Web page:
Split (Blu-ray Review)14 Apr, 2017 By: John Latchem
Box Office $137.54 million
$29.98 DVD, $34.98 Blu-ray
Rated ‘PG-13’ for disturbing thematic content and behavior, violence and some language.
Stars James McAvoy, Anya Taylor-Joy, Betty Buckley, Haley Lu Richardson, Jessica Sula, Brad William Henke.
Director M. Night Shyamalan rediscovers the promise of his early films with a freaky thrill ride anchored by a showcase performance from James McAvoy, who plays Kevin, a man with dissociative identity disorder.
McAvoy effortlessly drifts in between Kevin’s 23 distinct personalities, who begin to speak of an emerging 24th personality called The Beast who purportedly as supernatural abilities.
To placate this newcomer, Kevin kidnaps three girls (Anya Taylor-Joy, Haley Lu Richardson and Jessica Sula) and locks them in an underground lair, where various identities come forth to either guard them or help them escape, leading to some tense situations.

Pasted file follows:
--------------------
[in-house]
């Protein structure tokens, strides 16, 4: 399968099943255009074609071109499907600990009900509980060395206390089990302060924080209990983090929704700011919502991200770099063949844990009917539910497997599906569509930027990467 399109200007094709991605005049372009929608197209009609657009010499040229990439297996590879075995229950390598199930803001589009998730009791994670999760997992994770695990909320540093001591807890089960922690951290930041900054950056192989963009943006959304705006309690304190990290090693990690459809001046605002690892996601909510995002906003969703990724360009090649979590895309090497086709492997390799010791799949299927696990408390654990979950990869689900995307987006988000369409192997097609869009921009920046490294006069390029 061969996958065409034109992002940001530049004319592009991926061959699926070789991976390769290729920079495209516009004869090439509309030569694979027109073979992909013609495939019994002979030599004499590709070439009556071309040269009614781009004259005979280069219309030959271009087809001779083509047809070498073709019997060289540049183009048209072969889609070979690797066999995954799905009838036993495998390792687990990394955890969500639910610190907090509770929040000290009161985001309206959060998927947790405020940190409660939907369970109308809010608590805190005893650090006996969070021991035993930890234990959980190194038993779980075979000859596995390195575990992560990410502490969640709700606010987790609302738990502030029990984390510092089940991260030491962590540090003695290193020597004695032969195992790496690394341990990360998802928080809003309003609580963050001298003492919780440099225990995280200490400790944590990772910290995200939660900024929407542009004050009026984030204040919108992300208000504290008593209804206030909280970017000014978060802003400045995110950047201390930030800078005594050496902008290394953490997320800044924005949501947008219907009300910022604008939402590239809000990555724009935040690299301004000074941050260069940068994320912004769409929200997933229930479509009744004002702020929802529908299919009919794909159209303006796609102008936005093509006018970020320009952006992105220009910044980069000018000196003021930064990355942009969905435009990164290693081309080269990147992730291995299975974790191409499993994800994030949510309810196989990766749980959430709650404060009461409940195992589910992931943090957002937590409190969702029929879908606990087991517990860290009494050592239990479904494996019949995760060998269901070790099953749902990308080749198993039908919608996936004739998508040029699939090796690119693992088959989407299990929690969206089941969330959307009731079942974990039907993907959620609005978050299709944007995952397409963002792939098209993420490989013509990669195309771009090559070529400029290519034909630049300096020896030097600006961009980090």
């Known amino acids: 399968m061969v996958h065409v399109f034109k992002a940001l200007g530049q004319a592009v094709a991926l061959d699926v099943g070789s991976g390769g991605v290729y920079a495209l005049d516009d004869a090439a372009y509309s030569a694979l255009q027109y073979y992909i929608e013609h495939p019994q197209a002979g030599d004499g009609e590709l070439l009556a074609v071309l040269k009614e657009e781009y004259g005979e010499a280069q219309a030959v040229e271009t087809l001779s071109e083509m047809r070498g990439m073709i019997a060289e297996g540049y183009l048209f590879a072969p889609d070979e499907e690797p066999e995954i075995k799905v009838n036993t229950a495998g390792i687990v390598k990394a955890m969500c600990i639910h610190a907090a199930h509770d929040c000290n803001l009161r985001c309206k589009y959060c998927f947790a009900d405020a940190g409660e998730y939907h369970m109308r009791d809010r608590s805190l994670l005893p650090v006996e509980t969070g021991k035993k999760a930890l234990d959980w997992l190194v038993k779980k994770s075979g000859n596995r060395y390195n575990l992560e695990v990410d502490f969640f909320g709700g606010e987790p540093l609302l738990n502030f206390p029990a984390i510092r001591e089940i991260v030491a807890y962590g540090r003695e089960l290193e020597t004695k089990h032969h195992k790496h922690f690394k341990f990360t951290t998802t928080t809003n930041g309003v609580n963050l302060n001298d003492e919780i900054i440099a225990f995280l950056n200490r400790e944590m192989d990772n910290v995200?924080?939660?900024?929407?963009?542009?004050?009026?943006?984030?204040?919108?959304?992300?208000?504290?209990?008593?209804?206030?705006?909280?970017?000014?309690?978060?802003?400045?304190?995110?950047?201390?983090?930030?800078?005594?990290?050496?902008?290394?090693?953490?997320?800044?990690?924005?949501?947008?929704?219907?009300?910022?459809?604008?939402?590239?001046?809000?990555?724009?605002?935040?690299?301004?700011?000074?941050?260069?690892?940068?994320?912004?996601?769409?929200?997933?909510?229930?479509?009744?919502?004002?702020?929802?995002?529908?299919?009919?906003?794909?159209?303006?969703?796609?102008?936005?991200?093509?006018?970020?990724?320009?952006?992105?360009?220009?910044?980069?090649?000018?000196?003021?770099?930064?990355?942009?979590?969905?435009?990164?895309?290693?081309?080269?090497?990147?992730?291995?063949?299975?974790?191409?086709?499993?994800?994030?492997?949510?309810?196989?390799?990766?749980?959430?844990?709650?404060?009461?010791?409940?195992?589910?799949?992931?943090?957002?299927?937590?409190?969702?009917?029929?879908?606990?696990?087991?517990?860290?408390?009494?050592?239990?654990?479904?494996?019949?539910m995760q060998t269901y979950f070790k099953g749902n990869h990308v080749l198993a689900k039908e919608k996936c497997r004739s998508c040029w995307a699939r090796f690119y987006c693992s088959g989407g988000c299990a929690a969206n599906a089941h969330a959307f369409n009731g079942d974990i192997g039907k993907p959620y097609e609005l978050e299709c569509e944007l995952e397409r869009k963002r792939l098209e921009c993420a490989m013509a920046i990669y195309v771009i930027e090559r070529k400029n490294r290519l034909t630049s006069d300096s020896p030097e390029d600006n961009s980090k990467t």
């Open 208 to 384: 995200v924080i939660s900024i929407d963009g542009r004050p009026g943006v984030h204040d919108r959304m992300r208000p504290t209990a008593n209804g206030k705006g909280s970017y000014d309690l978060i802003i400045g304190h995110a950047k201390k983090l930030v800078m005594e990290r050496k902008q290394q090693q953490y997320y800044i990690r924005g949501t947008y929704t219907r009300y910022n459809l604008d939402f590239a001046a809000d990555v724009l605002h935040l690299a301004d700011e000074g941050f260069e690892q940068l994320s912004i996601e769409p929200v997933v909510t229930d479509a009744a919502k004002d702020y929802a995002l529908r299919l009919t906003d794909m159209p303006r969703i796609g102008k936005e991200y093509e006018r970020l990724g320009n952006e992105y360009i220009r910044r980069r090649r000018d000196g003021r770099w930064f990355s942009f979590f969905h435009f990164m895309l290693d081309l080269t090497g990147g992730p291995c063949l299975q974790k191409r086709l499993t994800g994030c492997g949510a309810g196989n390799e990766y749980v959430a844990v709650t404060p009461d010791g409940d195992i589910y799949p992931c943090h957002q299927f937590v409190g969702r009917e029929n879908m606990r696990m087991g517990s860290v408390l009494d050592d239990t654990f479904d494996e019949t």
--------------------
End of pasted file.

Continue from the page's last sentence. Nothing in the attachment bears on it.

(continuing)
Some personalities, who sense the coming danger, seek help from a psychologist named Dr. Fletcher (Betty Buckley), who adheres to a theory that different personalities in the same person can trigger physical changes in the body to match what each believes to be true. This presents the possibility that The Beast might actually have supernatural abilities when he comes to the surface.
Kevin was actually a character deleted from the script of one of Shyamalan’s earlier works, which ties into a neat revelation at the end of the film.
The Blu-ray contains what is billed as an “alternate ending,” but it’s really a 10-second clip of Kevin ruminating about his situation. For perspective, Shyamalan’s introduction of the scene runs about 80 seconds.
The Blu-ray also includes nearly 15 minutes of deleted scenes, including a completely excised subplot about a neighbor of Dr. Fletcher played by Sterling K. Brown, the Emmy winner from The People v O.J. Simpson: American Crime Story.
The sparse Blu-ray also includes three short featurettes: There’s a 10-minute behind-the-scenes video; the nearly six-minute “The Many Faces of James McAvoy”; and a four-minute vignette called “The Filmmaker’s Eye,” which focuses on Shyamalan’s creative process.